2003 – US announced increased military operations in Somalia and prepared to send Marines there. It was suspected that Al Qaeda fighters might attempt fleeing to Somalia.
2003 – The USCGC Boutwell departed Alameda in preparation for supporting Operation Iraqi Freedom. She began operations in the Arabian Gulf on 14 February 2003. Prior to the start of Operation Iraqi Freedom, her crew conducted maritime interception boardings to enforce U.N. sanctions against Iraq. At the outbreak of hostilities and throughout the conflict, she operated in the strategically critical and politically sensitive Khawr Abd Allah and Shaat Al Arab Waterways, providing force protection to the massive coalition fleet, securing Iraqi oil terminals, and preventing the movement of weapons, personnel or equipment by Saddam Hussein’s regime or other guerilla or terrorist forces.
2004 – The NASA spacecraft Spirit landed on Mars at the Gusev Crater. It was the 4th successful US landing on Mars.
2005 – Three U.S. Presidents – George W. Bush, Bill Clinton, and George H. W. Bush – make a joint appeal urging Americans to aid the tsunamis’ victims. Bush makes a presidential proclamation to fly the U.S. flag at half staff from 3-7 Jan in honor of the tsunami victims.
2009 – The first block of the blockchain of the decentralized payment system Bitcoin, called the Genesis block, was established by the creator of the system, Satoshi Nakamoto.
2010 – The United States and United Kingdom close their embassies in Yemen, citing threats from Al-Qaeda.
2014 – The United States evacuates additional diplomatic personnel at its embassy in Juba, South Sudan, due to the deteriorating security situation.
2014 – ISIS proclaimed an Islamic state in Fallujah. After prolonged tensions, the newly formed Army of Mujahedeen, the Free Syrian Army and the Islamic Front launched an offensive against ISIS-held territory in the Syrian provinces of Aleppo and Idlib. A spokesman for the rebels said that rebels had attacked ISIS in up to 80% of all ISIS-held villages in Idlib and 65% of those in Aleppo.
Congressional Medal of Honor Citations for Actions Taken This Day
TURNER, GEORGE B.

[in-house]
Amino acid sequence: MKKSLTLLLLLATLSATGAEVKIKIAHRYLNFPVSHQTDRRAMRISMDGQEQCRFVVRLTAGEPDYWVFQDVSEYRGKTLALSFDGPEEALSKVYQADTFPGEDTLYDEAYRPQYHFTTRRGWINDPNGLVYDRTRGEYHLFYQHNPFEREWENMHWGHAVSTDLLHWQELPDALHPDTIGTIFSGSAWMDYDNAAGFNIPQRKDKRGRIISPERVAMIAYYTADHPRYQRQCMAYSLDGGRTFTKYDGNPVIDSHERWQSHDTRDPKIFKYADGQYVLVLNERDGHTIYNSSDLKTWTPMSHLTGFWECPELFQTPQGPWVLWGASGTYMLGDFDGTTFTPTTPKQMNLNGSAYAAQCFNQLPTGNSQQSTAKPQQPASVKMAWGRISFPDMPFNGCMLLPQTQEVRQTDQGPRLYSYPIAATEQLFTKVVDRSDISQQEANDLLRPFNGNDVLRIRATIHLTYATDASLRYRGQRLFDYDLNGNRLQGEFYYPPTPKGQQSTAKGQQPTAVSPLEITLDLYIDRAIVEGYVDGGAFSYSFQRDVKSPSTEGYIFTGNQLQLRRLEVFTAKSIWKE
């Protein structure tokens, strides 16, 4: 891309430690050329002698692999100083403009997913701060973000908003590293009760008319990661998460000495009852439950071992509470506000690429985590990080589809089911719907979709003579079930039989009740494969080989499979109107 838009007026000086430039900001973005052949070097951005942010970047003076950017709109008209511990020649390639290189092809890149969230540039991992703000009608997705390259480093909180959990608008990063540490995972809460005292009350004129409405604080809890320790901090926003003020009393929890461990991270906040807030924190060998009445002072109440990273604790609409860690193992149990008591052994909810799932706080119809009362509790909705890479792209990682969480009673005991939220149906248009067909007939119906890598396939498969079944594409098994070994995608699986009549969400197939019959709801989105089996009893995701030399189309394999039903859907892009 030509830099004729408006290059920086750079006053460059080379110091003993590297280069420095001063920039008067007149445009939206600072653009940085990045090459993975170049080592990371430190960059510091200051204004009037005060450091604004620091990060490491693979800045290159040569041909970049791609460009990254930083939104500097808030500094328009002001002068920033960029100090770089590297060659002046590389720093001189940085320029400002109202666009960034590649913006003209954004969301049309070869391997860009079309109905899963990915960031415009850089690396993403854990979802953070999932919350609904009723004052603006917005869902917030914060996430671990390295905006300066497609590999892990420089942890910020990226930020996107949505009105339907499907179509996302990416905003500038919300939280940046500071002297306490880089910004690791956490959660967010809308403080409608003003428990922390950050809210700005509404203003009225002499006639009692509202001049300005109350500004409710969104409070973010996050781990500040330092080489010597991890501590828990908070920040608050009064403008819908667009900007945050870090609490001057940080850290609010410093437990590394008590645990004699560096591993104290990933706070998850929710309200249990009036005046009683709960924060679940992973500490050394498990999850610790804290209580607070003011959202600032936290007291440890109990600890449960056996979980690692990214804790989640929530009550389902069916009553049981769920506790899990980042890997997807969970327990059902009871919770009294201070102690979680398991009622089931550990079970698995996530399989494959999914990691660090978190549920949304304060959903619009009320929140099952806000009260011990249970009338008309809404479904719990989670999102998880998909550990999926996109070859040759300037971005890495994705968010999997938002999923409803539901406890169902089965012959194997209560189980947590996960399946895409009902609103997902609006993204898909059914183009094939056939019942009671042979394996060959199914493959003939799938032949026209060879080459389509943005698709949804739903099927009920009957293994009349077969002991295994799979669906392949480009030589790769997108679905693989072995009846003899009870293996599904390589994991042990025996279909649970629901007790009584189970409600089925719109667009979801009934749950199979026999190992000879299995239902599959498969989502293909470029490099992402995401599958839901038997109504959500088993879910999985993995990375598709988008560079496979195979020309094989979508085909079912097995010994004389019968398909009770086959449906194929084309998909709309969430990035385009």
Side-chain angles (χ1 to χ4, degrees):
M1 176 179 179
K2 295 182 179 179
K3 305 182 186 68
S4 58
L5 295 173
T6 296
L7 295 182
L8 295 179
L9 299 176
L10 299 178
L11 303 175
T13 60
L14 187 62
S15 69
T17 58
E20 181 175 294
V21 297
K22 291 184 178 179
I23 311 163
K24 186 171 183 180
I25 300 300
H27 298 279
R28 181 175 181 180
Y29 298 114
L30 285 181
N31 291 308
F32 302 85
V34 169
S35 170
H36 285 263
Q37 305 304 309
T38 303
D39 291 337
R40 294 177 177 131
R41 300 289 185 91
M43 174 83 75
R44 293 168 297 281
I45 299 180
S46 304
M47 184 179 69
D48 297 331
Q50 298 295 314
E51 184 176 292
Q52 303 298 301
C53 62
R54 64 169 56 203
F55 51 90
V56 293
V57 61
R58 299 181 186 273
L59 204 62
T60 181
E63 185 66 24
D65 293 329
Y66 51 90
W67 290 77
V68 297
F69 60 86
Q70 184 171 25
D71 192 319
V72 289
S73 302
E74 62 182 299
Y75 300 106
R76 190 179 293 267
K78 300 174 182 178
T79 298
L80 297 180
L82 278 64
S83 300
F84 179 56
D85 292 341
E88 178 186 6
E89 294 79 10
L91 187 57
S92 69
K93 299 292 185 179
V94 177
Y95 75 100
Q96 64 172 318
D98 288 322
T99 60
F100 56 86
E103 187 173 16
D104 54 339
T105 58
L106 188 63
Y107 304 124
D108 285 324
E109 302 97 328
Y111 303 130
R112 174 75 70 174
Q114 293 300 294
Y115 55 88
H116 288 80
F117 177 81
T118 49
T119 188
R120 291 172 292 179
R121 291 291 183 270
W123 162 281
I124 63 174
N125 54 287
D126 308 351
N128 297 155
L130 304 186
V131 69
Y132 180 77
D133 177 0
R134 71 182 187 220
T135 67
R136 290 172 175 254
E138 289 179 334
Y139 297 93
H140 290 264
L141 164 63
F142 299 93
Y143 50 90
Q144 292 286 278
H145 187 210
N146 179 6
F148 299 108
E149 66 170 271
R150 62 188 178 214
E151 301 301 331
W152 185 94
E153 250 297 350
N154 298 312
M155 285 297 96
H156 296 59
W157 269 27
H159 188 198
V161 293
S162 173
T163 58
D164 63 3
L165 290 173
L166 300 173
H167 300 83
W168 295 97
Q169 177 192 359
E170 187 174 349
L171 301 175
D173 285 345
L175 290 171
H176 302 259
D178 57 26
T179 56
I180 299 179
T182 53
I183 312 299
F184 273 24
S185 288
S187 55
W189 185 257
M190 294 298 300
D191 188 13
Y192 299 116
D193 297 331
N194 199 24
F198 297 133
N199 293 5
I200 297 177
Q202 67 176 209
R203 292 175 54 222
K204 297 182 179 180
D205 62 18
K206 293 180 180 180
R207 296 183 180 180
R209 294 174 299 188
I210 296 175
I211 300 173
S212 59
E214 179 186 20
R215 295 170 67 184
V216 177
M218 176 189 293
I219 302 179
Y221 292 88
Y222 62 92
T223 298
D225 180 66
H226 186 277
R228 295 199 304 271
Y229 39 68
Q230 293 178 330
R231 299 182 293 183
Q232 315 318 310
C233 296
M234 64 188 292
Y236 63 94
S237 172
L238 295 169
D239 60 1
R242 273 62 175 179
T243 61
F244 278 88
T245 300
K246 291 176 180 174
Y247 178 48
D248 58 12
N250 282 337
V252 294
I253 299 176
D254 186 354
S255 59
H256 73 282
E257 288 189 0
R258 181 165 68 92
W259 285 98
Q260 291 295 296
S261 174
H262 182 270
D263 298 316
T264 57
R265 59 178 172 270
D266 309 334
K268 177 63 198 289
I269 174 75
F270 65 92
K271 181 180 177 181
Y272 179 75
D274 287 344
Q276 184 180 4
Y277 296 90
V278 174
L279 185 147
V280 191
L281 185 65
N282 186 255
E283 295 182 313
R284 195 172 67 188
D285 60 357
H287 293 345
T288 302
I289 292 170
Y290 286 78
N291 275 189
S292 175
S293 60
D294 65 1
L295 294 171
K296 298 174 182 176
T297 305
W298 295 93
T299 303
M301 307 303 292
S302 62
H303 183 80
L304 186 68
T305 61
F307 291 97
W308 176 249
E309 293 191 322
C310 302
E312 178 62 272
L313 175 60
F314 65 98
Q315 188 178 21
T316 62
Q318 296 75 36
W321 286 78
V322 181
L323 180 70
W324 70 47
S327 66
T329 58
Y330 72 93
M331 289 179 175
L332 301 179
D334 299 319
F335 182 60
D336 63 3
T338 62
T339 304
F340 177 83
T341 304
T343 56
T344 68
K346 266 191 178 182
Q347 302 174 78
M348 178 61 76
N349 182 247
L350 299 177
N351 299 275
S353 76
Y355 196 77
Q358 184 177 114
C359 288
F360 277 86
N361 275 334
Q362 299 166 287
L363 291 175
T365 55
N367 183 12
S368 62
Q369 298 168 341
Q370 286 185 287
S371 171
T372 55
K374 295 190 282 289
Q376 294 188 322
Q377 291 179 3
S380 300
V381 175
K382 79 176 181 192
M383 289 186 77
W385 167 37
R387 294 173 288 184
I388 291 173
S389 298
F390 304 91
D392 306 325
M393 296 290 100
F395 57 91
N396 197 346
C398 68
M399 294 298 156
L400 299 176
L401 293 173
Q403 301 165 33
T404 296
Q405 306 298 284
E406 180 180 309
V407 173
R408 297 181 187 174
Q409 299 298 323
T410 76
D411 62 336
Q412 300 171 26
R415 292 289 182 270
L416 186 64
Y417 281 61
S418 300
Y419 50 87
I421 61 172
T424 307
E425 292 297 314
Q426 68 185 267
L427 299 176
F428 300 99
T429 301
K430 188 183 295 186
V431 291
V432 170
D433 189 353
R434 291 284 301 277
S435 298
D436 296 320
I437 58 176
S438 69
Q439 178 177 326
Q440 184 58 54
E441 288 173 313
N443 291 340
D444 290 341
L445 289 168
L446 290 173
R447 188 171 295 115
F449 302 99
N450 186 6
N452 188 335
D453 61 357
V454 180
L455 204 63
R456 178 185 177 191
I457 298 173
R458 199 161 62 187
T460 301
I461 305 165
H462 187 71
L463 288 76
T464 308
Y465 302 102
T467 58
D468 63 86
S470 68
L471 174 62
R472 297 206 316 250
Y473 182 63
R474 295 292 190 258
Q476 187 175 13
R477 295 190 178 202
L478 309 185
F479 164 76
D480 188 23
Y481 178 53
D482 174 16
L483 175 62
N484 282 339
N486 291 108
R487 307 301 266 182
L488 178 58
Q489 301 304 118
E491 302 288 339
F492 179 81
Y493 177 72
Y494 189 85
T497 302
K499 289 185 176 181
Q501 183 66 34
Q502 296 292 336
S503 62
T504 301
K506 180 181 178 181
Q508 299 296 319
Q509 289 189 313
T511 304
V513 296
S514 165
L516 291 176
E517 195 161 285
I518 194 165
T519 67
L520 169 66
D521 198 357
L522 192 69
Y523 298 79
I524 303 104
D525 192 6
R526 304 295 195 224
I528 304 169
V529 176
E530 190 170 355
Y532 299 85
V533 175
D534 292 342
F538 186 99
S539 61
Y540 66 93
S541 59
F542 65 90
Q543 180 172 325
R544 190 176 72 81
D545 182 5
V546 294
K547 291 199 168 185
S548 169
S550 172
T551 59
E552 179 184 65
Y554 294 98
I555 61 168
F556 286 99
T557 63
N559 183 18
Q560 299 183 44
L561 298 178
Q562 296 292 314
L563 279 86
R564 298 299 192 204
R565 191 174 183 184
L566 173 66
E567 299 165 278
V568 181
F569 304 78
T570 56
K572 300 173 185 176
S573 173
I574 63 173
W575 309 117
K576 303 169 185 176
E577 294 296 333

Rank and organization: Private First Class, U.S. Army, Battery C, 499th Armored Field Artillery Battalion, 14th Armored Division. Place and date. Philippsbourg, France, 3 January 1945. Entered service at: Los Angeles, Calif. Born: 27 June 1899, Longview, Tex. G.O. No.: 79, 14 September 1945. Citation: At Phillippsbourg, France, he was cut off from his artillery unit by an enemy armored infantry attack. Coming upon a friendly infantry company withdrawing under the vicious onslaught, he noticed 2 German tanks and approximately 75 supporting foot soldiers advancing down the main street of the village. Seizing a rocket launcher, he advanced under intense small-arms and cannon fire to meet the tanks and, standing in the middle of the road, fired at them, destroying 1 and disabling the second. From a nearby half-track he then dismounted a machinegun, placed it in the open street and fired into the enemy infantrymen, killing or wounding a great number and breaking up the attack. In the American counterattack which followed, 2 supporting tanks were disabled by an enemy antitank gun. Firing a light machinegun from the hip, Pfc. Turner held off the enemy so that the crews of the disabled vehicles could extricate themselves. He ran through a hail of fire to one of the tanks which had burst into flames and attempted to rescue a man who had been unable to escape; but an explosion of the tank’s ammunition frustrated his effort and wounded him painfully. Refusing to be evacuated, he remained with the infantry until the following day, driving off an enemy patrol with serious casualties, assisting in capturing a hostile strong point, and voluntarily and fearlessly driving a truck through heavy enemy fire to deliver wounded men to the rear aid station. The great courage displayed by Pfc. Turner and his magnificently heroic initiative contributed materially to the defense of the French town and inspired the troops about him.